Israeli officials have played down reports that the Obama administration will support an Egyptian plan to force Israel to disclose details of its nuclear arsenal and commit to disarmament, as part of its global strategy to reduce nuclear stockpiles.
There has been no confirmation of this from official administration sources and a very senior Israeli official said that "we have received no signal at all from the Americans on this".
The official said that Israel had received assurances from the administration that there were currently no plans whatsoever to change the policy towards Israel's nuclear capability. The official view in Jerusalem is that while the Americans are in favour of reducing nuclear weapons worldwide, the statements regarding the Middle East are merely "wishes for the far future", but not a change in policy towards Israel.
Meanwhile, Secretary of State Hillary Clinton told a United Nations session on nuclear non-proliferation that the US is in favour of a Middle East without nuclear arms. But she did not mention Israel and focused on Iran's efforts to achieve military nuclear capability.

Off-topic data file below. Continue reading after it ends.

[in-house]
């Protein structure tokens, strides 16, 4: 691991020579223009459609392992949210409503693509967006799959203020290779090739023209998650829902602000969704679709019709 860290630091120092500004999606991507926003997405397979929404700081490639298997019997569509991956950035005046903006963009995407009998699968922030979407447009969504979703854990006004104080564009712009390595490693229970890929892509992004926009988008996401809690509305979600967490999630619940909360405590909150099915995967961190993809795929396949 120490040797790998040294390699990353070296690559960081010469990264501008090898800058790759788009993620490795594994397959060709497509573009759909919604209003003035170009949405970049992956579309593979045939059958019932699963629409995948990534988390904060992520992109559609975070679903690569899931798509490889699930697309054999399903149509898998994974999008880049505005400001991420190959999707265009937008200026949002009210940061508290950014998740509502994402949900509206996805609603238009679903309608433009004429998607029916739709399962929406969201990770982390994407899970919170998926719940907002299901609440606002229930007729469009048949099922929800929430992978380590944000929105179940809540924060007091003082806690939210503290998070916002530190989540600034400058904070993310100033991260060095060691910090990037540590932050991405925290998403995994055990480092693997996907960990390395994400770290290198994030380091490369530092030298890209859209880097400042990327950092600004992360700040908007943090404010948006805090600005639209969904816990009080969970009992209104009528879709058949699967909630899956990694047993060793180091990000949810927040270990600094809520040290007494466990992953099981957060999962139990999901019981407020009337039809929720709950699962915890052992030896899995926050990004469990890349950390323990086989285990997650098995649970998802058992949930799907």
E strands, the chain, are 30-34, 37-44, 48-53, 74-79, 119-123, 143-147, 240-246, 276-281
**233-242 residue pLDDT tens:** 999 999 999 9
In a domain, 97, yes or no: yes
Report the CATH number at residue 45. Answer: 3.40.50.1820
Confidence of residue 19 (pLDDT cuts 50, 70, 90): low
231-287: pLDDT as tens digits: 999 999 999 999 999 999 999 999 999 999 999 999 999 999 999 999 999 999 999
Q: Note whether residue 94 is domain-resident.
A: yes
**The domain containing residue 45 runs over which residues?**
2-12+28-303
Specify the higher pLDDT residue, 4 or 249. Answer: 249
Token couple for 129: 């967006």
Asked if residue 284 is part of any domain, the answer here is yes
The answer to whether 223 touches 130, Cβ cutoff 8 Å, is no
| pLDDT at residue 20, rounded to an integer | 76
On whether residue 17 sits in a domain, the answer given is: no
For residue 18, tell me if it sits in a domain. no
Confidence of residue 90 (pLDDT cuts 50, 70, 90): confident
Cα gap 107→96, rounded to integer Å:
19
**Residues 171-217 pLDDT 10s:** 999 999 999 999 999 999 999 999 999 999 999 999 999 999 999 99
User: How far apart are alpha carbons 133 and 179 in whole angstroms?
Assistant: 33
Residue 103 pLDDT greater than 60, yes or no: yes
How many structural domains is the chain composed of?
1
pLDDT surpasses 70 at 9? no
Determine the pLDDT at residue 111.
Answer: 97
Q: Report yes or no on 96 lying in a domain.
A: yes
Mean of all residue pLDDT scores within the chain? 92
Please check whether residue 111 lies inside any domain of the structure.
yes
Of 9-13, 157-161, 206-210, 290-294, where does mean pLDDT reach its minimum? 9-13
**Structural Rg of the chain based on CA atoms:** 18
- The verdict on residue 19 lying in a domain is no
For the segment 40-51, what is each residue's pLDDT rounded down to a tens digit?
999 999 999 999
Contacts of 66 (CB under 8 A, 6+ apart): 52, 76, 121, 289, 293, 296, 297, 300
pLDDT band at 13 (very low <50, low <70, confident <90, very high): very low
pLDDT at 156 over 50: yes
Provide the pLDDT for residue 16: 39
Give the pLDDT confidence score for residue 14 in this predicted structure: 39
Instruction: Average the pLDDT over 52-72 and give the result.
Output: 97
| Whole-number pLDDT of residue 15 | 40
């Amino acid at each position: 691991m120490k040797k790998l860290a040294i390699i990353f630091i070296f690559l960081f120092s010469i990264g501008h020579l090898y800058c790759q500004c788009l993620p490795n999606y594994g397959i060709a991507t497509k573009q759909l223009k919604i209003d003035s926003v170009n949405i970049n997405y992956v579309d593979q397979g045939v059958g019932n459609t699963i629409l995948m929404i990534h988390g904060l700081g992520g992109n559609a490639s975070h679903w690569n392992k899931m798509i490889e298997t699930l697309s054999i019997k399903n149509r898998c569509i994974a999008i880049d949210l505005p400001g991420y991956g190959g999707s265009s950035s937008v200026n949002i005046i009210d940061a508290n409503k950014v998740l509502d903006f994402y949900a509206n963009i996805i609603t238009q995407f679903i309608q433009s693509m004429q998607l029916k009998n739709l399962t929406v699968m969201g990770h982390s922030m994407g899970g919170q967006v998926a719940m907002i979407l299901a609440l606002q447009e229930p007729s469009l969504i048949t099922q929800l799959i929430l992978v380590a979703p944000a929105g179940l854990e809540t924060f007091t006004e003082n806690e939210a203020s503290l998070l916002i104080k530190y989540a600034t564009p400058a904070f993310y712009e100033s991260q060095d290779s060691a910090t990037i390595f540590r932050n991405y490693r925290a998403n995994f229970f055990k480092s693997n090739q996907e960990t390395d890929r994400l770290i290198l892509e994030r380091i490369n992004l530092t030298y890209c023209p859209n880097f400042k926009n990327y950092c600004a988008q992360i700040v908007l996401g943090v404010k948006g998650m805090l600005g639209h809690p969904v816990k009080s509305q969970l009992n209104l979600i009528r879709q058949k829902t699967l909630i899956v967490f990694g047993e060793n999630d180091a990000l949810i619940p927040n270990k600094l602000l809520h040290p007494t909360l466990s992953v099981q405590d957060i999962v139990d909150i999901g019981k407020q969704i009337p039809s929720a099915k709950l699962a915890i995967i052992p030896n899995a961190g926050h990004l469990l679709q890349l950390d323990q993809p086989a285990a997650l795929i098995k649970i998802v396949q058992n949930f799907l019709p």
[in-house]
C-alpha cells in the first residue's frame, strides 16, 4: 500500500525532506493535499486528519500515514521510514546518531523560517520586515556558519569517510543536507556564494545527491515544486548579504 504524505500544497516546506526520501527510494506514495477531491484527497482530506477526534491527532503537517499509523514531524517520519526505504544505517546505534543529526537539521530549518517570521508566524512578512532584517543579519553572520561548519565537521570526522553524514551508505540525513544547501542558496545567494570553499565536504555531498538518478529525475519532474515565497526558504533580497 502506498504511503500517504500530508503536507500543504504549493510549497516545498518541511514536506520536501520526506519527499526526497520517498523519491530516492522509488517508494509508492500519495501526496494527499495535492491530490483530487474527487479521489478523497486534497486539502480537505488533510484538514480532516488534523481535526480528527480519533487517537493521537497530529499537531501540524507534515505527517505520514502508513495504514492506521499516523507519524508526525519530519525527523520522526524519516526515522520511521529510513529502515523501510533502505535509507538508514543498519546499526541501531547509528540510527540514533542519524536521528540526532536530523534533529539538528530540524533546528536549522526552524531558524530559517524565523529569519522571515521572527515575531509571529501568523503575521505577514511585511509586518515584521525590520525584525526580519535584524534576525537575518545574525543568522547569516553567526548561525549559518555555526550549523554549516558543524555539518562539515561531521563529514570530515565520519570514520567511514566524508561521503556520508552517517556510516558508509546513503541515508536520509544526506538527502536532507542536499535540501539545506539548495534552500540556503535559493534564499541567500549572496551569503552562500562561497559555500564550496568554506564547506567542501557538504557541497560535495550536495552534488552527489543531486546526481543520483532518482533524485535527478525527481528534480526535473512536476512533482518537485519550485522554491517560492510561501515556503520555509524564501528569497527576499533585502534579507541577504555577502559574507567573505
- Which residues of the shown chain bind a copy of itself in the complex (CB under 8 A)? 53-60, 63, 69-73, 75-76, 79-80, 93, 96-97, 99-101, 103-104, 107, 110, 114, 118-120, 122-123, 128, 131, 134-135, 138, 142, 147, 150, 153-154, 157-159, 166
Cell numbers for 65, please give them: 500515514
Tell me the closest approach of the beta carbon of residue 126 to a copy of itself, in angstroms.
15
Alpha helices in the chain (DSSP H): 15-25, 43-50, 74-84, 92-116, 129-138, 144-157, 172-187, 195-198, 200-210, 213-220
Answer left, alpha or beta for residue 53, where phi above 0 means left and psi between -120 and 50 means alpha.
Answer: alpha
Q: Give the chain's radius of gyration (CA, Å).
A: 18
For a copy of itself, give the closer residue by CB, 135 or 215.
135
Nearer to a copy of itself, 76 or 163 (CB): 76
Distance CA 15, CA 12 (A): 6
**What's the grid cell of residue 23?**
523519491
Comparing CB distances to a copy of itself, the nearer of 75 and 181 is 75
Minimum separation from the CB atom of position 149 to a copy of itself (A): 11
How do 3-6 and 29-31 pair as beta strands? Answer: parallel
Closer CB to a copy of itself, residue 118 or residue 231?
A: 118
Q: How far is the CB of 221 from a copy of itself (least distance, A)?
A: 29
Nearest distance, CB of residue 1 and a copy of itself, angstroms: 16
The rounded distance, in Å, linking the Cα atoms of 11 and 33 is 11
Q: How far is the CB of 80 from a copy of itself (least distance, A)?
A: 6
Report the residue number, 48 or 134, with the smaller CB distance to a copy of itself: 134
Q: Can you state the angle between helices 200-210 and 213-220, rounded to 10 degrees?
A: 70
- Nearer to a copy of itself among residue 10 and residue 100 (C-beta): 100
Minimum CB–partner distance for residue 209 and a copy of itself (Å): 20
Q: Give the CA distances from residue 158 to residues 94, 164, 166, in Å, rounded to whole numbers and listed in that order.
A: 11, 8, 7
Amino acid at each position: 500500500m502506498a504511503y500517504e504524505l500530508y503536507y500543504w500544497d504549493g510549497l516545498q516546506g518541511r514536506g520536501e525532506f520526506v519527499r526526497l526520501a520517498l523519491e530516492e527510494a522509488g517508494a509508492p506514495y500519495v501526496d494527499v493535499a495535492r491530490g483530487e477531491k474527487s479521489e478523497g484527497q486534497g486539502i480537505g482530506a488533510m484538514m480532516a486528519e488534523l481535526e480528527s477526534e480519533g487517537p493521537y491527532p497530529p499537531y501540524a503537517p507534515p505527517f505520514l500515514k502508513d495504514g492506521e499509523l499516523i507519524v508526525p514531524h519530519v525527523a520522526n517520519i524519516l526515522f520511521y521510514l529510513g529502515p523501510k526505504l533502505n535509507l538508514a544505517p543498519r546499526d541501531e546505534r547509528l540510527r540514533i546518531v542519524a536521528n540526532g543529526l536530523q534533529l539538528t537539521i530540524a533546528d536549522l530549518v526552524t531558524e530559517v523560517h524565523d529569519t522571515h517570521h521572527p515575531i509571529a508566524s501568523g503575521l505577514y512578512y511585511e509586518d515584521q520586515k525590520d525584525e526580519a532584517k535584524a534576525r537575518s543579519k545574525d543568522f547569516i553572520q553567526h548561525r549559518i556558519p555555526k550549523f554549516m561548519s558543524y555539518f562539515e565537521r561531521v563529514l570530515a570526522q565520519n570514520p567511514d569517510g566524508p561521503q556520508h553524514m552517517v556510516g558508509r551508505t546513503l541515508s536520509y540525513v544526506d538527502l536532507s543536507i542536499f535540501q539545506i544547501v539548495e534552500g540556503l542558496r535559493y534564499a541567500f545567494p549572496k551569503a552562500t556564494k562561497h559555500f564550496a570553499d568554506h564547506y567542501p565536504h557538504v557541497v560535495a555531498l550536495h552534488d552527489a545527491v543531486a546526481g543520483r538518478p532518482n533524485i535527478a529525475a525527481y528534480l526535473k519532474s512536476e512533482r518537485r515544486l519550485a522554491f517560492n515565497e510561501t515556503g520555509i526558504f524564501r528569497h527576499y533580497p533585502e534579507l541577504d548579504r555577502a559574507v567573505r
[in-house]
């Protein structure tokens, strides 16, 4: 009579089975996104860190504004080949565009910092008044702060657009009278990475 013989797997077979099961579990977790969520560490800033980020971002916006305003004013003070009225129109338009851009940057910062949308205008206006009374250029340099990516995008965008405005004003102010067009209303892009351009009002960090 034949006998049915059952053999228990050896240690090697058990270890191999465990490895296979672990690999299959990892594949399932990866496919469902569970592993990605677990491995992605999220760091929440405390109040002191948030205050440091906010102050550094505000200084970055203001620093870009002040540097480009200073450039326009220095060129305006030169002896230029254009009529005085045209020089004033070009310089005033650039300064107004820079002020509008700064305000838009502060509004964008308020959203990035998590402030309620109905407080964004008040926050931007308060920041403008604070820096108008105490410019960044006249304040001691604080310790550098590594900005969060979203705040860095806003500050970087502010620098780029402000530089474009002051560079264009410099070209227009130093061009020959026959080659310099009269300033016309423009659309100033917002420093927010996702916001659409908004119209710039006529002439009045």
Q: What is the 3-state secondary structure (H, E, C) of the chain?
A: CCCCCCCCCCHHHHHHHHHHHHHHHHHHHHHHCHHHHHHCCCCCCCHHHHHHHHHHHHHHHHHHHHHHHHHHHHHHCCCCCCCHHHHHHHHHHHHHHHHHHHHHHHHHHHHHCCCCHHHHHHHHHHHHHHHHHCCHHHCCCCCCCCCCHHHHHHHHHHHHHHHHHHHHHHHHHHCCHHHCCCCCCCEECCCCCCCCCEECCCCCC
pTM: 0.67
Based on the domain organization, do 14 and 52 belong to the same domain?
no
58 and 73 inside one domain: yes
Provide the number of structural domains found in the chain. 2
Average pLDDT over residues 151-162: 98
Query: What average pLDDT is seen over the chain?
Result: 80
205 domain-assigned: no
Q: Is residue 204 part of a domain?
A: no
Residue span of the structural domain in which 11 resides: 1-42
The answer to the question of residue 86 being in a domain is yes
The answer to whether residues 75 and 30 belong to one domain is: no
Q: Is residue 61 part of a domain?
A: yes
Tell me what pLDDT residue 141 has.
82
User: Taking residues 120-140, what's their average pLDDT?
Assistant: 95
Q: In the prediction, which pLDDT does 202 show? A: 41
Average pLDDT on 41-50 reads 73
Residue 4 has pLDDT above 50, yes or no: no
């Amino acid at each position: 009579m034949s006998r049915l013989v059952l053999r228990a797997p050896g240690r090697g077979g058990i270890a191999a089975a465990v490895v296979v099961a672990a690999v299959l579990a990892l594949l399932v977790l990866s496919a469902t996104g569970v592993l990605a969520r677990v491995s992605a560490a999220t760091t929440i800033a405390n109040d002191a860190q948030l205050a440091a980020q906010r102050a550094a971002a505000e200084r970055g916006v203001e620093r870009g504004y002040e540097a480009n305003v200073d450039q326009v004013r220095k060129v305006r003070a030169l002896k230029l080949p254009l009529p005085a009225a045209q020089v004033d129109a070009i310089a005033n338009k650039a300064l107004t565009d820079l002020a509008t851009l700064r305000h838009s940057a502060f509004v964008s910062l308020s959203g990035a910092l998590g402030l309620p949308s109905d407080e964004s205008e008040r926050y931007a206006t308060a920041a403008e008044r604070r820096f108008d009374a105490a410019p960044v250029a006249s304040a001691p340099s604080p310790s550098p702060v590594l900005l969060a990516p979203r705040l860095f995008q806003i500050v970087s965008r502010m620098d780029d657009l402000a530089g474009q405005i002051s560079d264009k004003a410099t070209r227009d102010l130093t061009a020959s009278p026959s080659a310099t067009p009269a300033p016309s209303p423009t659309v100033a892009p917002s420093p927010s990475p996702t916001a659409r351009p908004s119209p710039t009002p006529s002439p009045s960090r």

For over 40 years, Israel has pursued a policy of "nuclear ambiguity" with full cooperation from successive American administrations. Israel does not disclose its nuclear capability and states simply that "Israel will not be the first country to introduce nuclear weapons into the region". Despite this, analysts outside Israel widely maintain that Israel has a sizable nuclear arsenal. And although it has a peace treaty with Israel, Egypt has been trying for over a decade to generate international pressure on Israel on the nuclear issue. The matter did not come up in the meetings between Prime Minister Binyamin Netanyahu and President Hosni Mubarak on Monday, which were described as "good". However, Mr Netanyahu's National Security Advisor, Uzi Arad, told Egyptian Foreign Minister Ahmed Abu-Gheit that Israel objected to Egypt's actions against Israel regarding nuclear weapons.
"There is nothing new here, Egypt has been trying to pressure us on this for a long time," said one Israeli official. "the last thing we want to do is to make a big issue out of it."